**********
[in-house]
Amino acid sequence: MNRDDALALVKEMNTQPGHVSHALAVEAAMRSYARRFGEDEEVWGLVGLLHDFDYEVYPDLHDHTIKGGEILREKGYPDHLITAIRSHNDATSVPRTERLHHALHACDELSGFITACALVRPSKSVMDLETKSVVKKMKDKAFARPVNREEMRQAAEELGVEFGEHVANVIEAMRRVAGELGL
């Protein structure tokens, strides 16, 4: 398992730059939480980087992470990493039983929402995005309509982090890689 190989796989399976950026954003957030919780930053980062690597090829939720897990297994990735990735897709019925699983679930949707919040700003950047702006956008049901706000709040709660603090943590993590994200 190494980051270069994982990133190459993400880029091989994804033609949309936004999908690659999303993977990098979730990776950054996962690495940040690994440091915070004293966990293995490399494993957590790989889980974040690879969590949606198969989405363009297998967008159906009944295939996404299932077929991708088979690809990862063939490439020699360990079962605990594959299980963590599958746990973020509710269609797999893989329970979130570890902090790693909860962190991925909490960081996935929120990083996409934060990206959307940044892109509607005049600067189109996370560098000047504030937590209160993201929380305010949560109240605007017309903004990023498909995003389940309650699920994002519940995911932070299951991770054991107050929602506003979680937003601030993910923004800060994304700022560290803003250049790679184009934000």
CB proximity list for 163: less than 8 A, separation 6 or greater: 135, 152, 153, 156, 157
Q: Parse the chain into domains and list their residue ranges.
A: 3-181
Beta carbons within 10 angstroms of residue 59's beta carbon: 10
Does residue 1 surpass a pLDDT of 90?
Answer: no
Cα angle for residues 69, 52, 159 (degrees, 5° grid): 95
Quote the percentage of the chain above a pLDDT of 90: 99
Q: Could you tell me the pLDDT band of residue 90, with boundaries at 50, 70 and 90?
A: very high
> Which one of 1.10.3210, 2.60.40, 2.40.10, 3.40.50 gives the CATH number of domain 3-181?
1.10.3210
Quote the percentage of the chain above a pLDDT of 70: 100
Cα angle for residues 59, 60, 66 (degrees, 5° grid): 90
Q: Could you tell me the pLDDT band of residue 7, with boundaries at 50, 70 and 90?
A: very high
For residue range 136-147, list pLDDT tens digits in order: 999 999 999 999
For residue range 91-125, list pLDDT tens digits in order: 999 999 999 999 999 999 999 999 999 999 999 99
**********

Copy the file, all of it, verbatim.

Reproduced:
[in-house]
Amino acid sequence: MNRDDALALVKEMNTQPGHVSHALAVEAAMRSYARRFGEDEEVWGLVGLLHDFDYEVYPDLHDHTIKGGEILREKGYPDHLITAIRSHNDATSVPRTERLHHALHACDELSGFITACALVRPSKSVMDLETKSVVKKMKDKAFARPVNREEMRQAAEELGVEFGEHVANVIEAMRRVAGELGL
């Protein structure tokens, strides 16, 4: 398992730059939480980087992470990493039983929402995005309509982090890689 190989796989399976950026954003957030919780930053980062690597090829939720897990297994990735990735897709019925699983679930949707919040700003950047702006956008049901706000709040709660603090943590993590994200 190494980051270069994982990133190459993400880029091989994804033609949309936004999908690659999303993977990098979730990776950054996962690495940040690994440091915070004293966990293995490399494993957590790989889980974040690879969590949606198969989405363009297998967008159906009944295939996404299932077929991708088979690809990862063939490439020699360990079962605990594959299980963590599958746990973020509710269609797999893989329970979130570890902090790693909860962190991925909490960081996935929120990083996409934060990206959307940044892109509607005049600067189109996370560098000047504030937590209160993201929380305010949560109240605007017309903004990023498909995003389940309650699920994002519940995911932070299951991770054991107050929602506003979680937003601030993910923004800060994304700022560290803003250049790679184009934000």
CB proximity list for 163: less than 8 A, separation 6 or greater: 135, 152, 153, 156, 157
Q: Parse the chain into domains and list their residue ranges.
A: 3-181
Beta carbons within 10 angstroms of residue 59's beta carbon: 10
Does residue 1 surpass a pLDDT of 90?
Answer: no
Cα angle for residues 69, 52, 159 (degrees, 5° grid): 95
Quote the percentage of the chain above a pLDDT of 90: 99
Q: Could you tell me the pLDDT band of residue 90, with boundaries at 50, 70 and 90?
A: very high
> Which one of 1.10.3210, 2.60.40, 2.40.10, 3.40.50 gives the CATH number of domain 3-181?
1.10.3210
Quote the percentage of the chain above a pLDDT of 70: 100
Cα angle for residues 59, 60, 66 (degrees, 5° grid): 90
Q: Could you tell me the pLDDT band of residue 7, with boundaries at 50, 70 and 90?
A: very high
For residue range 136-147, list pLDDT tens digits in order: 999 999 999 999
For residue range 91-125, list pLDDT tens digits in order: 999 999 999 999 999 999 999 999 999 999 999 99